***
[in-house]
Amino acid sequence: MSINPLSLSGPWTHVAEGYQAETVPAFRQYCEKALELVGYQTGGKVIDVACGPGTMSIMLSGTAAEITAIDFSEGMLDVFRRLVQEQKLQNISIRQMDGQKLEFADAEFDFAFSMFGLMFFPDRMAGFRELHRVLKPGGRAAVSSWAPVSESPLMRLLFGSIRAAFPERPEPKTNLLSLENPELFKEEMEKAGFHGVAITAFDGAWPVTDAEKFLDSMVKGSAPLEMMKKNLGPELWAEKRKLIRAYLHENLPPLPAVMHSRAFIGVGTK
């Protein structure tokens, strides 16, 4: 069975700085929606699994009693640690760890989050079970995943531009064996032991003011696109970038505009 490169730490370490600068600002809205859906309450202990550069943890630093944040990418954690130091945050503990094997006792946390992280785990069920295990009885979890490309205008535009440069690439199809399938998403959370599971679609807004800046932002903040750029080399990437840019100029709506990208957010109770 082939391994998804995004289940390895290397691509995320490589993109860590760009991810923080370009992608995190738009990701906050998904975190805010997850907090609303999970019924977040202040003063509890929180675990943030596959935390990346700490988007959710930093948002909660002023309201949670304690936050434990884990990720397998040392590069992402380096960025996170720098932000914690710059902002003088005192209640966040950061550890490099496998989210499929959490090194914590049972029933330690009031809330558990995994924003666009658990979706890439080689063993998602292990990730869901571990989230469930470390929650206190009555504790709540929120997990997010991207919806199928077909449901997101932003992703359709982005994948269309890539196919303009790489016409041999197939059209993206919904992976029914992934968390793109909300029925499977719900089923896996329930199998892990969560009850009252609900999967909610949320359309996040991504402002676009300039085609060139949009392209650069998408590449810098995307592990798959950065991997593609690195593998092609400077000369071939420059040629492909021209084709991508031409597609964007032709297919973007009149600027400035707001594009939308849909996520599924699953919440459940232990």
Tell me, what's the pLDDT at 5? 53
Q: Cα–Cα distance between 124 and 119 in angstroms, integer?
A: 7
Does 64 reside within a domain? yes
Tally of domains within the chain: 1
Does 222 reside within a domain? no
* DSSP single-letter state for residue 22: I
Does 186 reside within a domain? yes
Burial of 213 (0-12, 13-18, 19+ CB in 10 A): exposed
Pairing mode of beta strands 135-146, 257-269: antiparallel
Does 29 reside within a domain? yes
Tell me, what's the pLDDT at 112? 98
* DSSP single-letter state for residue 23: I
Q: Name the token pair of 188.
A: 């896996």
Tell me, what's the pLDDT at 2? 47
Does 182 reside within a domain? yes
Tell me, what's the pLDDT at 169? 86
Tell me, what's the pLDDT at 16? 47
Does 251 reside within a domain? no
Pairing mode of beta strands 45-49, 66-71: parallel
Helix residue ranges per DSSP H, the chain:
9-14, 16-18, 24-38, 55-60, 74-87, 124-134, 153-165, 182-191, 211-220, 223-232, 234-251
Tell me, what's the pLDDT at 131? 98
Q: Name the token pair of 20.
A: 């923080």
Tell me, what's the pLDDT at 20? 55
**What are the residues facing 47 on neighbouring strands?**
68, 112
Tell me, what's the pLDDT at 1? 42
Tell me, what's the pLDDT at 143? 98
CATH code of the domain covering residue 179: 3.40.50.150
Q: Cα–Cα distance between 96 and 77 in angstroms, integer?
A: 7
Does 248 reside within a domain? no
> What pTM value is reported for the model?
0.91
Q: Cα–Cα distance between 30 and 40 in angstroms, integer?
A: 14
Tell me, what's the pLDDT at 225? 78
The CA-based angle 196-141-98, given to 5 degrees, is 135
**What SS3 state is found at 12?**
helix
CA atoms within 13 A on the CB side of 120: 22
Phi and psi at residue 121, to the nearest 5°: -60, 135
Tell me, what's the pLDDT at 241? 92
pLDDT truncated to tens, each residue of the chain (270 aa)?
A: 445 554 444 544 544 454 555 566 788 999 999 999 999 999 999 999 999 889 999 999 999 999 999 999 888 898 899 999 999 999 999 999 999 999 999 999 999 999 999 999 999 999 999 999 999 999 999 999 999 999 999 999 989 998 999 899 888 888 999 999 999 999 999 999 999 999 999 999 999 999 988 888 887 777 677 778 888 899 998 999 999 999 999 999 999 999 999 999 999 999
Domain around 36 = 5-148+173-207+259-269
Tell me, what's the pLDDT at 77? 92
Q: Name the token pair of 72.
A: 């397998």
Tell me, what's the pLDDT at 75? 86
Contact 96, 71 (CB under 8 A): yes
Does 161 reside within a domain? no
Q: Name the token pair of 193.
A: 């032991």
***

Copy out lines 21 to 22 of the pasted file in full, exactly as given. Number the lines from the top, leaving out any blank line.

Tell me, what's the pLDDT at 169? 86
Tell me, what's the pLDDT at 16? 47